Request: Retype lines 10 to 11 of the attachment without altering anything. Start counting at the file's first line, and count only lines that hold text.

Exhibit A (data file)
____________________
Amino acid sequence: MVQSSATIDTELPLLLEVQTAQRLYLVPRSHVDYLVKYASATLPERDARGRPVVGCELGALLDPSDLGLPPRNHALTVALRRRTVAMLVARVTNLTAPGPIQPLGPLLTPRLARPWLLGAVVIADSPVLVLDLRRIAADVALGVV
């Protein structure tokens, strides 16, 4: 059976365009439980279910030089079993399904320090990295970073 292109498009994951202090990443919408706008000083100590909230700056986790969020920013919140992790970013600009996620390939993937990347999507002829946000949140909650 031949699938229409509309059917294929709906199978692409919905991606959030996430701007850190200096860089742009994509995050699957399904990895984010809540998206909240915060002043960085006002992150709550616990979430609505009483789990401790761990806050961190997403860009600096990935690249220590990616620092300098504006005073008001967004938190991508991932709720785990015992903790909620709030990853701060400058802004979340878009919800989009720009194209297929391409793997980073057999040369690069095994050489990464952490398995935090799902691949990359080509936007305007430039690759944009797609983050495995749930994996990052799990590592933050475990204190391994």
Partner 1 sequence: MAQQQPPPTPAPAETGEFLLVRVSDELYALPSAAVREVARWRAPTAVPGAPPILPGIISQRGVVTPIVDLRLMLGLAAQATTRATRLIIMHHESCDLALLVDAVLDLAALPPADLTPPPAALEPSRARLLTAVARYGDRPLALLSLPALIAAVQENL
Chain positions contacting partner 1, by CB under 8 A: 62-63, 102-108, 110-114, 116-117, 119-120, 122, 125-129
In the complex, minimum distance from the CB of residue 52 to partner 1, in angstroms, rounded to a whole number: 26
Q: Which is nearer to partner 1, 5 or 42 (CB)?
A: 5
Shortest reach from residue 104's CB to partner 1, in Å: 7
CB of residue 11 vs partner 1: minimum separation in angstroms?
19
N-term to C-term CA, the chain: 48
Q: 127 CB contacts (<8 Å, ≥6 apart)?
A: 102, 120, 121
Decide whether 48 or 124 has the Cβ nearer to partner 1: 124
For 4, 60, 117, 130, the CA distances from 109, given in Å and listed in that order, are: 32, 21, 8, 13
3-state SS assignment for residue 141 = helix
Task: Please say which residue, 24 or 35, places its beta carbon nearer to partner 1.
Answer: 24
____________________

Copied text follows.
19
N-term to C-term CA, the chain: 48